Popular for the Waimea Canyon and Paniolo history (cowboys), the little town of Waimea on the West side of Kauai is home to small businesses as well as budding Tech companies.
In the Hawaiian language, “Waimea” literally means “red water” – named after the dark color of the water in the bay. This is due to the sediment brought about from Waimea Canyon – a spectacular sight of nature that is unlike anything else in the island of Hawaii.
Once you find yourself in this calm, laid back town of Kauai, here are 3 places you can visit that will amplify your Waimea experience:
1. Russian Fort Elizabeth Historical Park
Russian Fort Elizabeth, located at the site of former Fort Elizabeth, is the last remaining Russian fort on the Hawaiian islands. This star shaped fort was built in the early 19th century by the American- Russian company in alliance with the High Chief Kuamuali, the last independent Ali’i nui (supreme ruler of the island) of Kauai and Niihau.
Russian fort Elizabeth is a National Historic Landmark, located on the Kuamuali Highway, to the south east of Waimea, now administered as Russian fort Elizabeth state historical park.
Lying in a setting with a stark contrast of bright red soil and lush greenery, this fort is surrounded by massive stone stacked walls which impart a unique geometry to it. The irony is that we do not get to see the complete fort, for the main reason that it was never completed!
After the construction of the fort started in 1816, due to sudden circumstances, it was stopped a year later, leaving the fort half built. The fort was later dismantled in the 1860s and only little remains of it today.
Though there isn’t much left of the fort to see, this is a must visit if you’re a history buff. Also the natural setting in which the fort is located, is worth checking out. You can walk to the view point of the beach below to see the river joining the Pacific ocean, spend some time there and enjoy the delightful view.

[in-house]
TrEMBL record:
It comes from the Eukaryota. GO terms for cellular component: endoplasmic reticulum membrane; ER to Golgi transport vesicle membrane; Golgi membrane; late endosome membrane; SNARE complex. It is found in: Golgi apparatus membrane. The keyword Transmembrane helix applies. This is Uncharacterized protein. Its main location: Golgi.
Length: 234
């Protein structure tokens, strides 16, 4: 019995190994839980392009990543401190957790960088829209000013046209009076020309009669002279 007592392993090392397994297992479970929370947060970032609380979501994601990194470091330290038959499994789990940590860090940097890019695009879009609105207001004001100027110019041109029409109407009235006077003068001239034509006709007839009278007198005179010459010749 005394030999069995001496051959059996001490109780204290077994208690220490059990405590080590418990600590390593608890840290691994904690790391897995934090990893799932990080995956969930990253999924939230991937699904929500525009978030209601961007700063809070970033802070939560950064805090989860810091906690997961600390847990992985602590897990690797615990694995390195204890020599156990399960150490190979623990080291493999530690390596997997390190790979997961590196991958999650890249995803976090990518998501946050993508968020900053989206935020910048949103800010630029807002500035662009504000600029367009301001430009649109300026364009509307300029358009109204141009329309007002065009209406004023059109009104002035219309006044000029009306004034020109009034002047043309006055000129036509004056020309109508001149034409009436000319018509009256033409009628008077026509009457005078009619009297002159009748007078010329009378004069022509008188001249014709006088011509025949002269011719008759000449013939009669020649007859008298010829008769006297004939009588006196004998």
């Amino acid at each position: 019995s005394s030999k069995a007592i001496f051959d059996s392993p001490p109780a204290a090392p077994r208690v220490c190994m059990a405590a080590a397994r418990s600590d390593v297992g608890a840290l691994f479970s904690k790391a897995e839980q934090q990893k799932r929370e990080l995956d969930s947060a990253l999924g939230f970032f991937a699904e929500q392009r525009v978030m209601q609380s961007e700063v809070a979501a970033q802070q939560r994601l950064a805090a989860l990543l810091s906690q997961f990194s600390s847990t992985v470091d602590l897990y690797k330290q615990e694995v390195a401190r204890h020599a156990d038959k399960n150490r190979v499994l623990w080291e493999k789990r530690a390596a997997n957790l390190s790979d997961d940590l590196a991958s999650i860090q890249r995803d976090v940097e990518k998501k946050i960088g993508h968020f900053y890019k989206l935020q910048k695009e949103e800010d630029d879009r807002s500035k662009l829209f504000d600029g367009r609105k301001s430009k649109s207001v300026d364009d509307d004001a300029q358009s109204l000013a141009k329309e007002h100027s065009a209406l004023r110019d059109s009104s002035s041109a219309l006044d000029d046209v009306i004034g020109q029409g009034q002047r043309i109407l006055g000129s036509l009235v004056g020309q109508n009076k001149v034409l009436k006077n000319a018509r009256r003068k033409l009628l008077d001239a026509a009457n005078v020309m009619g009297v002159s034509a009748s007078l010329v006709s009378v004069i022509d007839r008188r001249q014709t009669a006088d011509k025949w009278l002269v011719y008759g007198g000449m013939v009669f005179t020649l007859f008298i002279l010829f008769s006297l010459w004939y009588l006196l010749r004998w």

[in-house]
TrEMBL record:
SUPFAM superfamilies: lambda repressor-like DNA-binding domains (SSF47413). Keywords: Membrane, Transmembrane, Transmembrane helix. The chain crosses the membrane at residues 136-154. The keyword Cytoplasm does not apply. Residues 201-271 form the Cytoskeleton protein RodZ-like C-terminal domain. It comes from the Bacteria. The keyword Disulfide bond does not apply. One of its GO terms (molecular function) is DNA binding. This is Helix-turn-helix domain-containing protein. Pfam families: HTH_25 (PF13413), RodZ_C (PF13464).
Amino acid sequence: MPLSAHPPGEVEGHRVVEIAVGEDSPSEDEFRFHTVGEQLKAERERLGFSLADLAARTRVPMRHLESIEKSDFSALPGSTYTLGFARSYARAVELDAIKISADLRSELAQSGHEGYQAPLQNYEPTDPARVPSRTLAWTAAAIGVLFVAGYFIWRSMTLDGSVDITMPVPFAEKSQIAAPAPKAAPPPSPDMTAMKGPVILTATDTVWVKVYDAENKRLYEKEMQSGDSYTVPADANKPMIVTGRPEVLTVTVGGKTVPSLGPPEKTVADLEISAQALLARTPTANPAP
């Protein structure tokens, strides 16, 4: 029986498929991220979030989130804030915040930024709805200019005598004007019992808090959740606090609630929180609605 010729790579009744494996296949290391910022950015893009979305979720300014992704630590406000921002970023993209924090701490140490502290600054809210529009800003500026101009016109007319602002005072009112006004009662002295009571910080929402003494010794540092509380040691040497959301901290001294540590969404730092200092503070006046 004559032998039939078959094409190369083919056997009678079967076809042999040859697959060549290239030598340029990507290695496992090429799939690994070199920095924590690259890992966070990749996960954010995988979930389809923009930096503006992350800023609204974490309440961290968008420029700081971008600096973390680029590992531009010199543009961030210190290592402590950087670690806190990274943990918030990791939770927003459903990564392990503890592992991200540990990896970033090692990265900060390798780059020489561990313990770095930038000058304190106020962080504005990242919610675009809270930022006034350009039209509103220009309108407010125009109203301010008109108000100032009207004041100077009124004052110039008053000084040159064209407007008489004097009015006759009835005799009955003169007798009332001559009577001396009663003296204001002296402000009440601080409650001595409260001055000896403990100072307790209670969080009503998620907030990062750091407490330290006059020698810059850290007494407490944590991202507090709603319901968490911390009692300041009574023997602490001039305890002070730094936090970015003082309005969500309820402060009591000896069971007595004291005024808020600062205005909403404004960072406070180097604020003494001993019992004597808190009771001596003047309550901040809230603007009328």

Plan this as a quick 30 minute stop when you’re in Waimea. Don’t miss this if you’re a history buff.
2. Waimea Canyon Drive
One of the main reasons tourists head towards Waimea is to witness the ‘The Grand Canyon of the Pacific’ and to explore the Kokee State Park.
The best way to explore the scenic lookouts in Waimea and Kokee State Park is by taking a drive. Drive along highway 550 and stop at the lookouts- Waimea canyon lookout, Puu Hina Hina lookout, Pu’u O Kila lookout and the Kalalau lookout – to witness the massive Waimea Canyon and Kalalau Valley like never before.
If you’re interested in getting your feet dirty, there are many short trails along the way. We recommend that you hike the canyon trail all the way to Waipoo Falls, as it is a simple yet scenic trail. This trail originates from the Pu’u Hinahina lookout. If you’re a seasoned hiker, there are a dozen more hiking trails in the Waimea- Kokee state parks to satisfy your appetite.
Tourists who come to Kauai only for the beaches are often surprised when they explore the state parks in Waimea. Hiking, camping, long nature walks, witnessing the local fauna, and visiting the NASA station here are some of the other amazing things you can do on this adventure filled part of Waimea.
3. West Kauai Tech and Visitors Center
The West Kauai Tech and Visitors Center is located at the corner of Waimea Canyon Drive (Highway 550) and the Kaumualii Highway (Highway 50). You can head to the visitors center before you start your Waimea Canyon Expedition.
Visiting the West Kauai Tech and Visitors Center is similar to savoring every bit of Waimea – but in one place! The displays here include vintage photos and artefacts on Waimea’s natural and cultural history. You will be introduced to Waimeas local practices like salt making and herbal medicine, learn about Captain Cook’s arrival and the Cook landing site, the sugar plantation era, local Cowboy culture and many more interesting facts.
With prior reservations, you can take part in the Guided Walking tour of Waimea conducted every Monday. The tour is led by the natives of Waimea and will take you through all significant locations in Waimea like the Cook landing site and the Waimea pier. During this tour, you will experience the transformation that Waimea has gone through over the course of history.
Summary and Infographic
Although a small town, Waimea is full of charm, which you will immediately discover after you stroll down the street and catch a local resident smiling at you. In today’s technology driven world, this is a an off beat and relaxing place to be in.
As you head to the Waimea Canyon, explore this culturally rich town in its entirety and recharge yourself for the big adventure that is waiting to unfold.